Addressing Research Obstacles

For the purposes of this documentary assignment I have researched as an “outsider.”   I am not privy to any information that is not freely available to anyone else, save for those who do not have access to databases like JSTOR for relevant journal articles.   I suppose with some creative thinking I could count myself as an “insider” just based on the amount of research I have done regarding this topic and the diverse source material in which I’ve immersed myself over the past two years.  Even still, I consider my knowledge on this topic to be at best elementary, with much more to learn ahead.    

Given the depth of the research I have done, I feel comfortable laying out the basic framework of Terror Management Theory (TMT) for my audience.    As a result, the tone of my documentary is confident.   I’m not merely advocating a philosophy or some wishy-washy theoretical gymnastics.  TMT produces empirical evidence that demands consideration, and I have found that Ernest Becker’s ideas provide the most reasonable explanation for the data.

No one has been threatened by my research, but I do know that some will feel threatened by the material I present.  TMT has the unique capability to cut deeply into its own subject matter.  For many, Becker’s ideas will fundamentally contradict their most deeply held beliefs, and in doing so will cause them to respond in terror.   I hope that some will recognize that terror in the context of its inspiration and perhaps use that as a reason to further examine Becker’s ideas.   I have found Becker can be very sneaky in that way.


Why a Visual Narrative?

They say a picture says a thousand words, and it often does.  But sometimes a picture only says ten words, or it says a thousand words it’s not supposed to.  Pictures are not entirely  unpredictable, though.  Their effects are evident with a little research and an artist’s eye.  By altering color, contrast, and even placement, we can change the whole effect of any given image on an audience.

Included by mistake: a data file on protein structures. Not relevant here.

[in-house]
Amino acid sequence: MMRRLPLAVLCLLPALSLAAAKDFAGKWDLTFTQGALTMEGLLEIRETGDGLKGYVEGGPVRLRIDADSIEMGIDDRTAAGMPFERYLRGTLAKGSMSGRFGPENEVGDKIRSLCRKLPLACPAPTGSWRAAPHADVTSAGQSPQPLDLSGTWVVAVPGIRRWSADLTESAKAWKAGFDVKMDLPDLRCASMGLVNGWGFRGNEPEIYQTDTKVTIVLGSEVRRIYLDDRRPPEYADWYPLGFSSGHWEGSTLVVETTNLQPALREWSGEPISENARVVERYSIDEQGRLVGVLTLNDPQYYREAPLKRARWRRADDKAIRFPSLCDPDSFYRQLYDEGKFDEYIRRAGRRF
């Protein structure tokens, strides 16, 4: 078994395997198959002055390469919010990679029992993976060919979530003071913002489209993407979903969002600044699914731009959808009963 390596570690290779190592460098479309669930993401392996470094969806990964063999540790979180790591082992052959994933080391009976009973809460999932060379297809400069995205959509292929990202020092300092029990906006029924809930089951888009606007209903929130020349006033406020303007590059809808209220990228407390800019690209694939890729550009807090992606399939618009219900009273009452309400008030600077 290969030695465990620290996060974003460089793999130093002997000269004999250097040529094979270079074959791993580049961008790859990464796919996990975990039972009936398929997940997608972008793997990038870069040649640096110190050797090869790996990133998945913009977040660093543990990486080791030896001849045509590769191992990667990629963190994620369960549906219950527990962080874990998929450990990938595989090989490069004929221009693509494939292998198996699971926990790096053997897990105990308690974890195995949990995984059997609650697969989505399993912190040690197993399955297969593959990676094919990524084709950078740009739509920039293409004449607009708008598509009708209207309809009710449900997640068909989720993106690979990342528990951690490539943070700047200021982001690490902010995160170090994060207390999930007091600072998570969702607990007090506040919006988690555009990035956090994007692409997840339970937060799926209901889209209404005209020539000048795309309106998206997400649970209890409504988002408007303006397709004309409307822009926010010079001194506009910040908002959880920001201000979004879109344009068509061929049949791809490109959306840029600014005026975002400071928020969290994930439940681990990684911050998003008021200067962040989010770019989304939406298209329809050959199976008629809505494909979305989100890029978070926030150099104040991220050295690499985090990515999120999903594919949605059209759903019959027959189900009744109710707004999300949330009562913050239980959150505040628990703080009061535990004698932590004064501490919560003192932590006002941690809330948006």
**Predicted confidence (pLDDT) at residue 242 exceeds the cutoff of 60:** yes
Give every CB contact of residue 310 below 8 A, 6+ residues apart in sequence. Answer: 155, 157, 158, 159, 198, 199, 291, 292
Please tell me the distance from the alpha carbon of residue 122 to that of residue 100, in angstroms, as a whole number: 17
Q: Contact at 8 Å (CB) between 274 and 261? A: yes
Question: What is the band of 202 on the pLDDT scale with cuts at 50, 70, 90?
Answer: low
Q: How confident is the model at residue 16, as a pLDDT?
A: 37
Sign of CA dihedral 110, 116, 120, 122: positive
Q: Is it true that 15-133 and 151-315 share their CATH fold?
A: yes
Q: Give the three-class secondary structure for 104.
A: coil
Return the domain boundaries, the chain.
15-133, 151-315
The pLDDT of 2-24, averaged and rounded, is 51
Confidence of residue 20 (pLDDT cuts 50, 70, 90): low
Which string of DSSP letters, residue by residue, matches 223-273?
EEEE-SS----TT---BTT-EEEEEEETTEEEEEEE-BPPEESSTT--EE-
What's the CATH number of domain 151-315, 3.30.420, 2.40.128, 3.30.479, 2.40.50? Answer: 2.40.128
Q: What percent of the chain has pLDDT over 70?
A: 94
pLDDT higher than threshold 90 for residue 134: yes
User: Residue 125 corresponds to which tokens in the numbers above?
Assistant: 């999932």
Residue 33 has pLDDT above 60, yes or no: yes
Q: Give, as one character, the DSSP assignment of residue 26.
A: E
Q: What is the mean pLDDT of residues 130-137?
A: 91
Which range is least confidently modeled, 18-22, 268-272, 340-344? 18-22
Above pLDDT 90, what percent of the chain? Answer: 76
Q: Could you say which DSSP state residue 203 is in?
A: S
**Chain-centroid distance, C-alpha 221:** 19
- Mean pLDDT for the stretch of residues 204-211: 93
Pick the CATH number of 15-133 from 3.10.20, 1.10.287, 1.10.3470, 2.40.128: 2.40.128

Pairing images with text gives us multi-dimensional opportunities to tell our stories.  People love photography for a reason; photos often say things that text can’t.  And people love reading for a reason; text often says things that photos can’t.  When we combine text and images to tell a story, we take advantage of an opportunity to showcase both of their strengths, combined into one cohesive narrative. 

Images can strengthen readers’ associations with the subject matter, but they can also enhance a piece’s rhetorical power.  Allowing the audience to look into the eyes of that child is a far superior pathetic appeal than trying to simply describe the child’s circumstances.  The pictures we select, and their composition, can instantly boost or destroy an ethical appeal.  While images are not the best for logical appeals (at least in the sense of a narrative) they can tie in well to textual arguments. 

Even slight changes in the way we pair and modify pictures and text can have dramatic effects on what our audiences take away from our stories.  For example:

This man is preparing for a role as Santa Claus in a Christmas play at his church.


This man just killed three children he met on the internet. 

Isn’t it amazing how much a story can change with a few simple alterations? 

A Brief Introduction

It is a shame that on the one day my friends and family gather to celebrate my life and shower me with compliments, I won’t be there to enjoy it.  Notes for My Funeral is a simple blog with a simple purpose: to help the poor soul who gets stuck writing my eulogy to do it right.  If there is an afterlife, I am certain a botched story or punch line would leave me with enough unfinished business to haunt my eulogist for decades.  I can’t let that happen to either of us.   Also, I think a well lived and documented life has much to offer the living.  I hope some readers will learn something from these pages before I succumb to my destiny as a root inspector. 

This blog’s subtitle, In Totidem Verbis, Non Omnis Moriar, is Latin for “In so many words, not all of me will die.”  I stole the second half from Horace’s Carmina.  Is it pretentious? Absolutely.   But I like the sentiment.  As we all know (some of us more than others), once something is published on the internet, it can never be un-published.  The words I use here to share stories and ideas will outlast me and, in some sense, make me immortal.   For free.  Which is exactly what I’m charging you to read them.   So go read, and please, if you have the occasion to attend my funeral, ensure my eulogist is not screwing things up.